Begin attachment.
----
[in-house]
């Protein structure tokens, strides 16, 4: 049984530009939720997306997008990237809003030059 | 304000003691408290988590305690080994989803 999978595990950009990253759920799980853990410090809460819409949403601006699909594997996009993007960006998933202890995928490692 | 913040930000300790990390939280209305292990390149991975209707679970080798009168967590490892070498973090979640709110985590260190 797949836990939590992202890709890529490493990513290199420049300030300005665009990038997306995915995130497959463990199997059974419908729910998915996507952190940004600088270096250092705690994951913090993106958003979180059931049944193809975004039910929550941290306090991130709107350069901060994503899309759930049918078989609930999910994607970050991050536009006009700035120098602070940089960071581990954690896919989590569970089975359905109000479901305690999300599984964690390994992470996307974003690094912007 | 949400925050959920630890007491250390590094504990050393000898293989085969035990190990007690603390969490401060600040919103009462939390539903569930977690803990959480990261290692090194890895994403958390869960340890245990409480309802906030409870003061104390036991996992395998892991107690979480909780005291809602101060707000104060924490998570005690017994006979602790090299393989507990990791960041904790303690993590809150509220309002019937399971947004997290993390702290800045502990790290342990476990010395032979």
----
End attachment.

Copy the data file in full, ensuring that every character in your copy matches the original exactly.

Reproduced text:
[in-house]
């Protein structure tokens, strides 16, 4: 049984530009939720997306997008990237809003030059 | 304000003691408290988590305690080994989803 999978595990950009990253759920799980853990410090809460819409949403601006699909594997996009993007960006998933202890995928490692 | 913040930000300790990390939280209305292990390149991975209707679970080798009168967590490892070498973090979640709110985590260190 797949836990939590992202890709890529490493990513290199420049300030300005665009990038997306995915995130497959463990199997059974419908729910998915996507952190940004600088270096250092705690994951913090993106958003979180059931049944193809975004039910929550941290306090991130709107350069901060994503899309759930049918078989609930999910994607970050991050536009006009700035120098602070940089960071581990954690896919989590569970089975359905109000479901305690999300599984964690390994992470996307974003690094912007 | 949400925050959920630890007491250390590094504990050393000898293989085969035990190990007690603390969490401060600040919103009462939390539903569930977690803990959480990261290692090194890895994403958390869960340890245990409480309802906030409870003061104390036991996992395998892991107690979480909780005291809602101060707000104060924490998570005690017994006979602790090299393989507990990791960041904790303690993590809150509220309002019937399971947004997290993390702290800045502990790290342990476990010395032979």